In a scandal unfolding in a Cologne courtroom, a German Jewish journalist is standing up for his right to call another Jew anti-Semitic.
Henryk Broder, acerbic columnist for Der Spiegel magazine and a well-known pro-Israel blogger in Germany, has refused to settle a civil case with Evelyn Hecht-Galinski, daughter of a former leader of Germany's Jewish community, whom he has publicly accused of making anti-Semitic and anti-Zionist statements.
For now, Broder remains barred from publishing a certain open letter to Monika Piel, director of Westdeutsche Rundfunk radio, in which he referred to Hecht-Galinski in those terms.
Hecht-Galinski, who had been a guest on a WDR talk show focusing on Israel's 60th anniversary, has accused Broder of besmirching her reputation, and lodged the injunction against him. "It is not the anti-Zionist part to which I object, but the anti-Semitism,"
Hecht-Galinski said in a telephone interview, adding that she was pleased that the injunction against Broder remained in effect.
An activist in pro-Palestinian circles here, Hecht-Galinski -- whose father, Heinz Galinski, was a leader in the Berlin Jewish community and headed the Central Council of Jews in Germany until he died in
1992 -- has compared Israeli policies with those of the Nazis under Hitler and has suggested that the Central Council is a mouthpiece for the state of Israel. She has complained about what she calls a "Jewish-Israel lobby" with a "worldwide network" trying to control criticism of the Jewish state.
Broder, who wrote that Hecht-Galinksi "specializes in anti-Semitic statements," appealed her injunction against him, and the matter came before the Cologne district court on Wednesday, August 13.
Broder told the JC afterward that he had faced the "usual" argument:
"anti-Semitism is confined to Nazis. if you are not a Nazi you can not be an anti-Semite."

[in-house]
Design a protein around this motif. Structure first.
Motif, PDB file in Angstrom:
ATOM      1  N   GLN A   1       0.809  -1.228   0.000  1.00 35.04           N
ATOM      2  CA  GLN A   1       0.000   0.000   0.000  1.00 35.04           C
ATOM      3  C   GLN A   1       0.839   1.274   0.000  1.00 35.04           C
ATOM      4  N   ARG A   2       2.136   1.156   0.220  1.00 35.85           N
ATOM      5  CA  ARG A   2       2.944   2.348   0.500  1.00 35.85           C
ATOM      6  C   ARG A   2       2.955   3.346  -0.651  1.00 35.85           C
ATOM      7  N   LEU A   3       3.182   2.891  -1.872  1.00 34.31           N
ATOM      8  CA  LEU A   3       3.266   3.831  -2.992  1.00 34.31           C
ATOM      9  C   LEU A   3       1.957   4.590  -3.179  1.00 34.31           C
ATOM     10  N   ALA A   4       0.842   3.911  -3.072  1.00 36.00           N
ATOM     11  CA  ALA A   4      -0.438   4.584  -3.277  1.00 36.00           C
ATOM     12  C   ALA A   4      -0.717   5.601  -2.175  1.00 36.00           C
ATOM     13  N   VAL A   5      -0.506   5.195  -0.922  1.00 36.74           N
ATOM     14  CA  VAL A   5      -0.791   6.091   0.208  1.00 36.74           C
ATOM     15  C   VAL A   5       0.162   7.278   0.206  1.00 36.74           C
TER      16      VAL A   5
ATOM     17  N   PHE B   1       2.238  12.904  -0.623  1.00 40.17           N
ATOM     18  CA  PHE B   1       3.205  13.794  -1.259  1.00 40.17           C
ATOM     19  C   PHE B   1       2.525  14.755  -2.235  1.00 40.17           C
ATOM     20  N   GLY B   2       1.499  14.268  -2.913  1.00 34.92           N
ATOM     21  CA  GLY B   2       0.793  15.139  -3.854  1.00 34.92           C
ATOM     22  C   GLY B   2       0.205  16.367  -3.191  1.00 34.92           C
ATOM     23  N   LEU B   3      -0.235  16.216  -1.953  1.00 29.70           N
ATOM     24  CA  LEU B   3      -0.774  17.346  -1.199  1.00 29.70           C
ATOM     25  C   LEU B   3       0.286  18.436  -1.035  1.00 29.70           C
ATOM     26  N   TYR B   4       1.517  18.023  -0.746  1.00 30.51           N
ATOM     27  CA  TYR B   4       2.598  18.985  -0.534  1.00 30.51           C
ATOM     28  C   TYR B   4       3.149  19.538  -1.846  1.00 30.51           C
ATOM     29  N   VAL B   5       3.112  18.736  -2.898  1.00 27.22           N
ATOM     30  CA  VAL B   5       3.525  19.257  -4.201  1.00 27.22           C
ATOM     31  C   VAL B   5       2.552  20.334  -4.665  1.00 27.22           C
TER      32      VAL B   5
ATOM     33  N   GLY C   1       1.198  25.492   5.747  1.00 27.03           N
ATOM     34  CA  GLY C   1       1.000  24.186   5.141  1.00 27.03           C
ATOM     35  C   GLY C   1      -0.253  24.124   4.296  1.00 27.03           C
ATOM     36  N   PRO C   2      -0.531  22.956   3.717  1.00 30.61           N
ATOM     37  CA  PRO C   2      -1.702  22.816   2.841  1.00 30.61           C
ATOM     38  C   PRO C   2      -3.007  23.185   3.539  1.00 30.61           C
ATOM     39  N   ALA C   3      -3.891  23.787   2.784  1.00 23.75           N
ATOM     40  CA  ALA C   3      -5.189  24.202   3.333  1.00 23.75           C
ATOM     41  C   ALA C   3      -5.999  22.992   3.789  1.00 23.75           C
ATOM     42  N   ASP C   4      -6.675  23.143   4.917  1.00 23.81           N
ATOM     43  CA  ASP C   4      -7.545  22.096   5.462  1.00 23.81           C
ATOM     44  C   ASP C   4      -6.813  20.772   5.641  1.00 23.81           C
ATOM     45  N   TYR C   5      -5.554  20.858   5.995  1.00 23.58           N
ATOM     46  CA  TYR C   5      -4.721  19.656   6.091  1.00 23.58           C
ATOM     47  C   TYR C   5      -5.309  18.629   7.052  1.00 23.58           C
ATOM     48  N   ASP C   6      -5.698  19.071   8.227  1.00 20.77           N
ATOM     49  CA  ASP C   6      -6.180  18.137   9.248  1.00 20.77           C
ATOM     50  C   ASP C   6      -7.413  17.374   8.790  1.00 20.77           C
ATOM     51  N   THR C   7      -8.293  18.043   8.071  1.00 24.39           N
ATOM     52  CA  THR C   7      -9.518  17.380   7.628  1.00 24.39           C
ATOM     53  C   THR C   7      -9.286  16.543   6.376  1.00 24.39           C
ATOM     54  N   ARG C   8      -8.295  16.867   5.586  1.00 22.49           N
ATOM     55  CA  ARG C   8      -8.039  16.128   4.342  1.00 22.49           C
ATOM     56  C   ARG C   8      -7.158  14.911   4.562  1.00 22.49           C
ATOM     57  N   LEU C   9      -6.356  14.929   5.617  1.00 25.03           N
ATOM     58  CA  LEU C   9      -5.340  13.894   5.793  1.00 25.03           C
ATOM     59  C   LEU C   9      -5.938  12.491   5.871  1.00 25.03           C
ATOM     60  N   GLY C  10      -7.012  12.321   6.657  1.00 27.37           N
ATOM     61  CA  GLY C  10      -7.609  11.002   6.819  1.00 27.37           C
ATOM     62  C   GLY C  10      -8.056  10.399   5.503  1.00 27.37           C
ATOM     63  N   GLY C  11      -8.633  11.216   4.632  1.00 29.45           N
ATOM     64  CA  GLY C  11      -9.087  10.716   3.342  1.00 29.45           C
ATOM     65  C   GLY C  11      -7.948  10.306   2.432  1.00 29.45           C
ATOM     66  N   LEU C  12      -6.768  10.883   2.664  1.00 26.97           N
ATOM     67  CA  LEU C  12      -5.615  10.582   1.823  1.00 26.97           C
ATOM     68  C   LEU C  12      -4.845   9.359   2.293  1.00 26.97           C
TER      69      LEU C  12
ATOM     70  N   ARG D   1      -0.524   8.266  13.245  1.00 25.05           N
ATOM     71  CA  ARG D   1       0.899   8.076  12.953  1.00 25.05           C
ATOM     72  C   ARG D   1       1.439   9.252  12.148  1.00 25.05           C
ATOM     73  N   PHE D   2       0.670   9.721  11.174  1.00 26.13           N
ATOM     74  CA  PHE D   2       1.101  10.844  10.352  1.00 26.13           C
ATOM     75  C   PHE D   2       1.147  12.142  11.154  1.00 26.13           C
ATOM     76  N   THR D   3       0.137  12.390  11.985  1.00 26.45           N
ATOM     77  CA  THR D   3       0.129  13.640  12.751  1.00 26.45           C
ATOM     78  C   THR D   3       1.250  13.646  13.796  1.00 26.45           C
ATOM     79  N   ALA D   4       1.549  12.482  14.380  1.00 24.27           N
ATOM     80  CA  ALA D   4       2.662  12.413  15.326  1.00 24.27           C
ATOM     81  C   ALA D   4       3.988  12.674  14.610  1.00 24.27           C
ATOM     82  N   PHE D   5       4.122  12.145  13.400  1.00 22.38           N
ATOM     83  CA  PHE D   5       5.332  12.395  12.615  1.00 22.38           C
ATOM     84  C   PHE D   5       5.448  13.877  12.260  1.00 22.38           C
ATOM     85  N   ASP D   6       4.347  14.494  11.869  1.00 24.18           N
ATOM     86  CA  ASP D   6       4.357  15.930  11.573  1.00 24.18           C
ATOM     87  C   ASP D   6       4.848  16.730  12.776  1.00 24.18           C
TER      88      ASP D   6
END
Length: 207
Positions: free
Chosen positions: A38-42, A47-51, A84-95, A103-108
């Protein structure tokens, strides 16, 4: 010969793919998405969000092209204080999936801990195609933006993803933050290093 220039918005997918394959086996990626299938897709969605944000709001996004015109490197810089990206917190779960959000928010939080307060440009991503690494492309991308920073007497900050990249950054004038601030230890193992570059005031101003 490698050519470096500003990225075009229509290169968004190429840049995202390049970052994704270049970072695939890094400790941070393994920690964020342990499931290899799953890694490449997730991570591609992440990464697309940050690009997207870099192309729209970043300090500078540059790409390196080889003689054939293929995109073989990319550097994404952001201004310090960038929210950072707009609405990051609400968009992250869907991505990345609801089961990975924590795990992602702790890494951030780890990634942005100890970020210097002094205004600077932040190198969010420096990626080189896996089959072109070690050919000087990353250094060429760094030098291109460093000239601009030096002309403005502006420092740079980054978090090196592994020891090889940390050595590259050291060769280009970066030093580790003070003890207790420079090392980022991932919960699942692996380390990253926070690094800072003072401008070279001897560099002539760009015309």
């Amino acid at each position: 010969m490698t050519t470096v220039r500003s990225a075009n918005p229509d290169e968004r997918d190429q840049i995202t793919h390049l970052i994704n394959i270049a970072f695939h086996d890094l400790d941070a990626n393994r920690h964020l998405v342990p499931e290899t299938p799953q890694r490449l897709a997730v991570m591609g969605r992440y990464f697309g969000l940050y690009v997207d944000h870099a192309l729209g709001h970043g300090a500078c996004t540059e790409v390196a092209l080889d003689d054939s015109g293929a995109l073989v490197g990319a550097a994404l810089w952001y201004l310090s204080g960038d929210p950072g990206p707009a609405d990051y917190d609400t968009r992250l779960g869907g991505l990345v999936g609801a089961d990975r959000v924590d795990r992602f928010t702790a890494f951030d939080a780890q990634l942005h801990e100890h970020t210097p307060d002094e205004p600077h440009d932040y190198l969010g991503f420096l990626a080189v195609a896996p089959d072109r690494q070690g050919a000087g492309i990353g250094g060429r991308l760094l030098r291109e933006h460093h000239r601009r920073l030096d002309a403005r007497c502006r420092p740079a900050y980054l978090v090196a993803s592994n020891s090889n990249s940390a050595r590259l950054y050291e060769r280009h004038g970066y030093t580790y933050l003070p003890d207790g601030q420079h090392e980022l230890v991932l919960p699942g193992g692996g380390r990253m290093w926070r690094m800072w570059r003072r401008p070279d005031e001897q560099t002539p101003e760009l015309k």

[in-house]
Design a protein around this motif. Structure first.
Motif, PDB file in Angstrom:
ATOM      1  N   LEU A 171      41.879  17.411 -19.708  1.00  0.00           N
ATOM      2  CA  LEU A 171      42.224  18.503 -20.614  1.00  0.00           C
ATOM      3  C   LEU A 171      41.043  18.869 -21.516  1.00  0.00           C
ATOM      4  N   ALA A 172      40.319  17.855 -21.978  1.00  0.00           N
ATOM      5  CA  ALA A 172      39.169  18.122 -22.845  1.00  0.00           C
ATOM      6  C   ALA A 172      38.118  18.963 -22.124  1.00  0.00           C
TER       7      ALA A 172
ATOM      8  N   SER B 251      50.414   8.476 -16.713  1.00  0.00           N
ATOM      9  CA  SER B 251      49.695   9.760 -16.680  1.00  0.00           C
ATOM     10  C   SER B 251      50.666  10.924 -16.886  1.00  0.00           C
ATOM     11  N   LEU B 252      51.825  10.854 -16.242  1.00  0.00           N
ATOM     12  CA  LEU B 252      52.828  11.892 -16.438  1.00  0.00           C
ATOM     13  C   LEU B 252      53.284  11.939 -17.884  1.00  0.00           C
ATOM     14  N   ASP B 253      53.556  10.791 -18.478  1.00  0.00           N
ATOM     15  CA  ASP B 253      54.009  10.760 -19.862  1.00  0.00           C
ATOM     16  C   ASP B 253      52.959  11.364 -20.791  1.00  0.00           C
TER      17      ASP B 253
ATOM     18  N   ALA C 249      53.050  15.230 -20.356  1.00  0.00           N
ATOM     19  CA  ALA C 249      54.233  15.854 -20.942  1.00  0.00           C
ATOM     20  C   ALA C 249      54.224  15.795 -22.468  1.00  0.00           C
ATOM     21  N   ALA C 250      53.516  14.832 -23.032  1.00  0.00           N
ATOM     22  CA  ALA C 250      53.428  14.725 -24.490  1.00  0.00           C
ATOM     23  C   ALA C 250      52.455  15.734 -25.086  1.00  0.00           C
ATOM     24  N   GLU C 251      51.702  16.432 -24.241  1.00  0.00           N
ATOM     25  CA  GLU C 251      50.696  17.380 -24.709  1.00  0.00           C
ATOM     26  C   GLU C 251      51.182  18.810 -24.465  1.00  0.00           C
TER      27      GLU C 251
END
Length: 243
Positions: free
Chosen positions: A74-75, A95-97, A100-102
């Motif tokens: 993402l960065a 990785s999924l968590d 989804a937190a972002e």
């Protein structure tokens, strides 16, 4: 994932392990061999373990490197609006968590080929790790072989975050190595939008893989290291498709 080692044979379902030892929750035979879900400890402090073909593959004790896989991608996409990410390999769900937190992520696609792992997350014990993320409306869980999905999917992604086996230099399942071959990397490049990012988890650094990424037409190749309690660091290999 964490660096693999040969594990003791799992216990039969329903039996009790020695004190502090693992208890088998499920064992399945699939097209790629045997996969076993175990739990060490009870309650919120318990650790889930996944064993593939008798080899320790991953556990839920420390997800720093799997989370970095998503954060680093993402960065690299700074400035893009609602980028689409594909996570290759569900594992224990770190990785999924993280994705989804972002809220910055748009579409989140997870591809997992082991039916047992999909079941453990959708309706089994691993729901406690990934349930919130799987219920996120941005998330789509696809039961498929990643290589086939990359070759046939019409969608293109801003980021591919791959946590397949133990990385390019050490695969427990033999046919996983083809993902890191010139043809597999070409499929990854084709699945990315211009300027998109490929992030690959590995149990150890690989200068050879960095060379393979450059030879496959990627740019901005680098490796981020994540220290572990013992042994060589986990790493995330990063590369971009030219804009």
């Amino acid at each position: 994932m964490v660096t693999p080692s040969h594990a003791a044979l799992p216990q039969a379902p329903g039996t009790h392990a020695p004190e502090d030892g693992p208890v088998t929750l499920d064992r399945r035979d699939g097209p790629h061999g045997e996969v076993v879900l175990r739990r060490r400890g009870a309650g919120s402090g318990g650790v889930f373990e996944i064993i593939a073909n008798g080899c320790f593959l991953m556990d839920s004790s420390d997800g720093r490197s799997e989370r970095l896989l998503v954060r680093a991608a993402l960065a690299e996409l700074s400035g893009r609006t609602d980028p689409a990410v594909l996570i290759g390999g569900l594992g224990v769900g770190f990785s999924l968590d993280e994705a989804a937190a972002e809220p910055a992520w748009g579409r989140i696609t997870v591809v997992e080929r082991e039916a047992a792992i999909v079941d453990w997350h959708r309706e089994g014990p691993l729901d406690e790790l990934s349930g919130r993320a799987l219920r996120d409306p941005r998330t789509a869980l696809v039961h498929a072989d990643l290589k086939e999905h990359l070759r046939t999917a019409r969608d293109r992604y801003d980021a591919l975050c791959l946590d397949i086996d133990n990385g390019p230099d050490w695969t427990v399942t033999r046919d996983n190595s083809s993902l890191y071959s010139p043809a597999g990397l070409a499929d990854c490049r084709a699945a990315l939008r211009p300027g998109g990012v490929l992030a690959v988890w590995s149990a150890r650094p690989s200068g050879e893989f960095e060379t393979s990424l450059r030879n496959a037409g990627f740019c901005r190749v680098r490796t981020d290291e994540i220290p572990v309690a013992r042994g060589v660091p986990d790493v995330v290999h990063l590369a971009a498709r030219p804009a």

When he was exonerated in a similar case last year, Broder told reporters there are "nurses who kill their patients, attorneys who commit insurance fraud. Why can there not therefore be Jews who are anti-Semites?"
This time, according to today's Aachener Times, Hecht-Galinksi's attorney, Gernot Lehr, insisted his client had simply exercised her right to freely criticize Israeli politics. Which made Broder's remarks an actionable attempt to damage her reputation.
But Broder's attorney said Hecht-Galinski was simply trying to silence his client. Broder, who was in the courtroom, rejected the court's suggestion of an "amicable settlement," while Galinski's lawyer reportedly was ready to settle. The deal would have barred Broder from repeating his charge against Hecht-Galinzki as printed in the letter to Piel, but it would have left him at risk of further suits should he make such statements in other contexts.
"That was what the lawyer of the daughter threatened to do," explained Broder, who continues to refer to Hecht-Galinski on his website, albeit obliquely, using her initials and calling her "the daughter."
But it has nothing to do with a gag order, he said in an e-mail.
"That's just for fun," he explained. "She does not deserve to be mentioned by name."
Hecht-Galinksi's attorney, Lehr, declined to be cited.
The court is to decide on Broder's appeal against the injunction on September 3. The Central Council of Jews in Germany said it will stand by Broder, if Hecht-Galinski pursues the case.